• 1879 The Tokyo Academy established; Tokyo Academy Magazine (Vol. 1, No. 1).[5]
  • 1890 Tokyo Academy Statute promulgated.[5]
  • 1895 Honorary Membership established.[5]
  • 1906 Statute of the Imperial Academy promulgated; joined Internationale Assoziation der Akademien (IAA).[5]
  • 1911 Imperial Prize and Imperial Academy Prize established; first award ceremony.[5]
  • 1912 Proceedings of the Imperial Academy (Vol. 1, No. 1).[5]
  • 1919 Imperial Academy joined Union Académique Internationale (UAI).[5]
  • 1925 Statute of the Imperial Academy amended (increased membership).[5]
  • 1942 Transactions of the Imperial Academy (Vol. 1, No. 1).[5]
  • 1947 Imperial Academy renamed Japan Academy.[5]
  • 1949 Japan Academy institutionally linked to Science Council of Japan.
  • 1956 Law of the Japan Academy promulgated; Japan Academy de-linked from Science Council of Japan.[5]
  • 1971 Exchange program with foreign academies started.[5]
  • 1983 Visiting program of Honorary Members started.[5]
  • 1984 First public lecture meeting was held.[5]
  • 1987 Duke of Edinburgh Prize was adopted.[5]
  • 2004 Japan Academy Medal established.[5]


Founder of Meiroku Society, Keio University, and the First President of Tokyo Academy

President of the Tokyo Academy[edit]

No. Name Start of Term End of Term University
1. Fukuzawa Yukichi 1879 1879 Keio Gijuku
2. Nishi Amane 1879 1880 Yōrōkan
3. Katō Hiroyuki 1880 1882 University of Tokyo
4. Nishi Amane 1882 1886 Yōrōkan
5. Katō Hiroyuki 1886 1895 University of Tokyo
6. Hosokawa Jyunzirō 1895 1897 Bunbukan
7. Katō Hiroyuki 1897 1906 University of Tokyo

President of the Imperial Academy[edit]

No. Name Start of Term End of Term University
8. Katō Hiroyuki 1906 1909 University of Tokyo
9. Kikuchi Dairoku 1909 1917 University of Tokyo
10. Hozumi Nobushige 1917 1925 University of Tokyo
11. Okano Keizirō 1925 1925 University of Tokyo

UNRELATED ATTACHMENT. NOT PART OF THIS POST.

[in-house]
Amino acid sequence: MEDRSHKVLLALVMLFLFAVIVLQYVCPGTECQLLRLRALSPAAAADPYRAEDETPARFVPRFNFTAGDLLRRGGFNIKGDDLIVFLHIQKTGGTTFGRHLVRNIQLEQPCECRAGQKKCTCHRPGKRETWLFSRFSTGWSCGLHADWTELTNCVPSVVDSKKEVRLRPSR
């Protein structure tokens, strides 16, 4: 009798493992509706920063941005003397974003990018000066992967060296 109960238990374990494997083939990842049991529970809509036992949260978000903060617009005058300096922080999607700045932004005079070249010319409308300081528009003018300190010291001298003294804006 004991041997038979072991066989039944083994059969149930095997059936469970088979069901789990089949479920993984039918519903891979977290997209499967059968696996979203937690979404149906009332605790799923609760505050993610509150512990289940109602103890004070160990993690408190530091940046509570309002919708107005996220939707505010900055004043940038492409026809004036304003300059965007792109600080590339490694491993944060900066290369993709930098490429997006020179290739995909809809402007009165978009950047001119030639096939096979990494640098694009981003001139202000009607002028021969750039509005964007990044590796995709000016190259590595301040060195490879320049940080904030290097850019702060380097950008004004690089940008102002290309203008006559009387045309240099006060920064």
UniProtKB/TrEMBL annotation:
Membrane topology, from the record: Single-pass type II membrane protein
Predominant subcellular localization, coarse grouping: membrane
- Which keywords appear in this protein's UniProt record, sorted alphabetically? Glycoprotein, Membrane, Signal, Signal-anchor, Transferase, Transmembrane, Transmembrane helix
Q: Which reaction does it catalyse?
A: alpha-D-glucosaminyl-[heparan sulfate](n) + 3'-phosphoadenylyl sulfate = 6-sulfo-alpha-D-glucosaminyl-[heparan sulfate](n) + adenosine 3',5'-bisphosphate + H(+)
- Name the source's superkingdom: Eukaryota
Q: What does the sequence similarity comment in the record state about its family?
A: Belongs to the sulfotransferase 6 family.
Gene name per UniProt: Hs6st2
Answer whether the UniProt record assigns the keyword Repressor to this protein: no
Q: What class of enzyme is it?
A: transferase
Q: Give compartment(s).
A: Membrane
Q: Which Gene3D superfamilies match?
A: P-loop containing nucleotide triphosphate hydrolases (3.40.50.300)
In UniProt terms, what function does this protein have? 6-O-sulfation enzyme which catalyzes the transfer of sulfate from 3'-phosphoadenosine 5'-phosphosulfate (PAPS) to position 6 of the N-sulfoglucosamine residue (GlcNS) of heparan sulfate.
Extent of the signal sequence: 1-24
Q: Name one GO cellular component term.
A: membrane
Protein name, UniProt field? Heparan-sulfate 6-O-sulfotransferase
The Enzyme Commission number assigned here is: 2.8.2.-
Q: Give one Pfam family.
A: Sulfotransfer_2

12. Sakurai Jyōzi 1925 1939 University of Tokyo
13. Hantaro Nagaoka 1939 1948 University of Tokyo

President of the Japan Academy[edit]

No. Name Start of Term End of Term University
14. Yamada Saburō 1948 1961 University of Tokyo
15. Shibata Yuzi 1961 1970 University of Tokyo
16. Nanbara Shigeru 1970 1974 University of Tokyo
17. Kiyoo Wadati 1974 1980 University of Tokyo
18. Arisawa Hiromi 1980 1986 University of Tokyo
19. Kurokawa Toshio 1986 1988 Tohoku University
20. Wakimura Yoshitarō 1988 1994 University of Tokyo
21. Yoshio Fujita 1994 2000 University of Tokyo
22. Ichiko Teizi 2000 2001 University of Tokyo
23. Nagakura Saburō 2001 2007 University of Tokyo
24. Kubo Masaaki 2007 2013 University of Tokyo
25. Takashi Sugimura 2013 2016 University of Tokyo
26. Hiroshi Shiono[6] 2016 Present University of Tokyo

Counterparts in other countries[edit]


  1. ^ a b c d Japan Academy: Activities Archived 2008-10-05 at the Wayback Machine
  2. ^ Kita, Atsushi. (2005). Dr. Noguchi's Journey: A Life of Medical Search and Discovery, p. 186.
  3. ^ Tasuku Honjo: Curriculum vitae
  4. ^ Dukes of the UK: Prizes Archived 2008-03-19 at the Wayback Machine
  5. ^ a b c d e f g h i j k l m n o p q Japan Academy: History
  6. ^ "New President elected". Japan Academy. Retrieved 18 May 2017.


External links[edit]